Saturday, December 29, 2012

City of Books

One of my favourite book haunts is Bras Basah Complex, on Victoria Street, near the National Library building in Singapore. Full of second-hand bookstores, I still go there whenever I'm back home. One of its Chinese names, in fact, is 书城(City of Books). I've spent many an afternoon there, inhaling the uniquely fusty scent that only old books have, searching and finding all manner of treasures. That last thing I bought there was a copy of the Cambridge edition of the Critique of Pure Reason, in almost perfect condition. For $5 (£2.50)! The most visible shop, Evernew Bookstore, still has a ludicrous three books for $5 (£2.50) offer. That whole stretch, of course, from Raffles City to Bugis, is one very close to home, and has a special place in my heart: I recall many days spent in the National Library, researching for my IB extended essay and then retiring for the day to the Hans downstairs for a cup of coffee with friends and teachers. 

What I didn't know was that the Complex merely brought together bookstores that had been operating on Bras Basah Road long before. Bras Basah Road was, in the postwar days, a hive of intellectual activity. (It is still a road with many historic landmarks today.) It played a crucial role in those heady days of anti-colonial fervour. Tan Kok Chiang, one of the first graduates of Nanyang University, recalls that bookstores such as Shanghai Book Store and Youth Book Store (still in Bras Basah today) were hangouts of the Chinese-educated student activists of those days. Tan claimed that while the English-educated students would go to Bras Basah to buy textbooks, more progressive (and radical) literature could be found there as well. That bit of history helps the present-day visitor to Bras Basah understand a strange sight: bookshops selling Mao's Red Book also sell used A-level textbooks. It wasn't just the Chinese-educated though. S Rajaratnam, one of the Singapore's Old Guard politicians and our first Foreign minister, used to haunt the Bras Basah bookstores as well. (I'm still hoping to find a book owned by someone famous.)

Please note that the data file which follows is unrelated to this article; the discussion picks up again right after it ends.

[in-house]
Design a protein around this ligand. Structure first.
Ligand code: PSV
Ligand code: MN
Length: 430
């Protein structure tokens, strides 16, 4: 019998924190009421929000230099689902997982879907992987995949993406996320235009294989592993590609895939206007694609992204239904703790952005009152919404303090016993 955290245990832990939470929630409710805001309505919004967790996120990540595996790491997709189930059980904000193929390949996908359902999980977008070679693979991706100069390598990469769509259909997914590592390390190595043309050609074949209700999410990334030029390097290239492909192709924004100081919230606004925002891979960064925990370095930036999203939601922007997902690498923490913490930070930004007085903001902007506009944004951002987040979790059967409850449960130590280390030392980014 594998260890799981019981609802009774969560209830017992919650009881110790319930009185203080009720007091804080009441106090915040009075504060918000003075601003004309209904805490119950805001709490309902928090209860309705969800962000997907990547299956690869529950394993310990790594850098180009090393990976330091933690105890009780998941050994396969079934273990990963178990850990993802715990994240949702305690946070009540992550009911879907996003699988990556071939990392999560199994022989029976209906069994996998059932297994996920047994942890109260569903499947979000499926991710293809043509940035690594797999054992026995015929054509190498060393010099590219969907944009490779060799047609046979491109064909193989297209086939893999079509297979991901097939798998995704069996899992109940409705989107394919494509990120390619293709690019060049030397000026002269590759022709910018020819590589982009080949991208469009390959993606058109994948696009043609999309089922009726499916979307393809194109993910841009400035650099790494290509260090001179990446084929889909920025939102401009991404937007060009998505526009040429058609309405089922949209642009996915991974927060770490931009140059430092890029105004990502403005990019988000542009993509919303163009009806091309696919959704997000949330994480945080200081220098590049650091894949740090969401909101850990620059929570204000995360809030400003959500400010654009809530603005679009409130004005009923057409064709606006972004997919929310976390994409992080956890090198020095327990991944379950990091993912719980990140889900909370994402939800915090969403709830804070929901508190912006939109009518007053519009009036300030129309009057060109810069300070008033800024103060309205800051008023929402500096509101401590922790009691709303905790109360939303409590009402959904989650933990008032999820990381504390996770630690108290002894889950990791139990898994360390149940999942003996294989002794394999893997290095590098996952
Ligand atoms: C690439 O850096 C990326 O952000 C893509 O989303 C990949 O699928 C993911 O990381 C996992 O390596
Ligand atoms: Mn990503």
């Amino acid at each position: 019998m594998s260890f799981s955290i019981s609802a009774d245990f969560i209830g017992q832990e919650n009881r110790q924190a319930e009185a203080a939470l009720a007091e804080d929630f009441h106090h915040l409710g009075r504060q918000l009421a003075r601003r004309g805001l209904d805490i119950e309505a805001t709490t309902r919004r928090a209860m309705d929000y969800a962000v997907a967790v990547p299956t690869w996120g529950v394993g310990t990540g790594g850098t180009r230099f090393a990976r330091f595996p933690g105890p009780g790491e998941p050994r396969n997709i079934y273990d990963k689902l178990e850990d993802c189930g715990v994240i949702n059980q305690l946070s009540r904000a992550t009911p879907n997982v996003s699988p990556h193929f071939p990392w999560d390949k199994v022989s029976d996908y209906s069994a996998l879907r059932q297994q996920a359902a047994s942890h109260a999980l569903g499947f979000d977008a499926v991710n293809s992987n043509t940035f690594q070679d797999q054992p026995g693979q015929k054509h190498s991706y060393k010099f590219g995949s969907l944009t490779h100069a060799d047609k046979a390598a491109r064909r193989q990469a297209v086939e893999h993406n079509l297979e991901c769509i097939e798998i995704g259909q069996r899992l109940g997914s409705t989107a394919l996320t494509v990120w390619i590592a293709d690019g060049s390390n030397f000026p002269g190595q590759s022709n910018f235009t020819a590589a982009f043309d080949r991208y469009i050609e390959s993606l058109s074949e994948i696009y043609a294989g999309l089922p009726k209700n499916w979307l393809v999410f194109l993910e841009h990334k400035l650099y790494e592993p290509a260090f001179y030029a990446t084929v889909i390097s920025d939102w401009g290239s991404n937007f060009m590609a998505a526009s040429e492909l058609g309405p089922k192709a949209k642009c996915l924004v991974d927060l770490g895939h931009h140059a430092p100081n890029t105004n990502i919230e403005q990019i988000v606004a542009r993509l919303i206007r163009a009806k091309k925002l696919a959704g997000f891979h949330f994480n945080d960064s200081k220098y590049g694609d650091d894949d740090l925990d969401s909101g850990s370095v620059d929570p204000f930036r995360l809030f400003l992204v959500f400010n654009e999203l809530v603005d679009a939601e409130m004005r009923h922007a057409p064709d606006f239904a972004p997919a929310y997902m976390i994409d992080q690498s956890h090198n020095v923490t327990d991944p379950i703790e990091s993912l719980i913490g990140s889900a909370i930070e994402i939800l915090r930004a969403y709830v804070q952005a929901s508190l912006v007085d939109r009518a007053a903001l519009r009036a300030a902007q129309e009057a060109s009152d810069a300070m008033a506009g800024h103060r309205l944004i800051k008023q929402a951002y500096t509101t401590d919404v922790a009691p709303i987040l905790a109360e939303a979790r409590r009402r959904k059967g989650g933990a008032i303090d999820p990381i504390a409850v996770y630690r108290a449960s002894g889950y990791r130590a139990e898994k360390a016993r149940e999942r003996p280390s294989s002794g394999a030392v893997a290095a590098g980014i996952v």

There is whole intellectual history to be written here: how postwar intellectuals in Singapore came by their knowledge, where they bought books, where they discussed their ideas and how they spread them. The mere physical process of buying and reading books demands a history that does justice to it,  not to mention the ideas themselves. I can't help but think that those were magnificent days, despite the threat of detention, the poverty and poor living conditions. To be young then, they all say, was very heaven. Today, sniffing cautiously about one of these bookstores, one can perhaps still get a whiff of 50s radicalism.

(The etymology of it all seems quite confused. Bras Basah is a misspelling of 'Beras Basah', meaning 'wet rice' in Malay. Apparently, before the land was filled in in that area, there was a lagoon that allowed boats carrying rice to come in. Wet rice would then need to be dried. Not sure if I buy this: as always, folk etymology needs a bit more research to back it up.)

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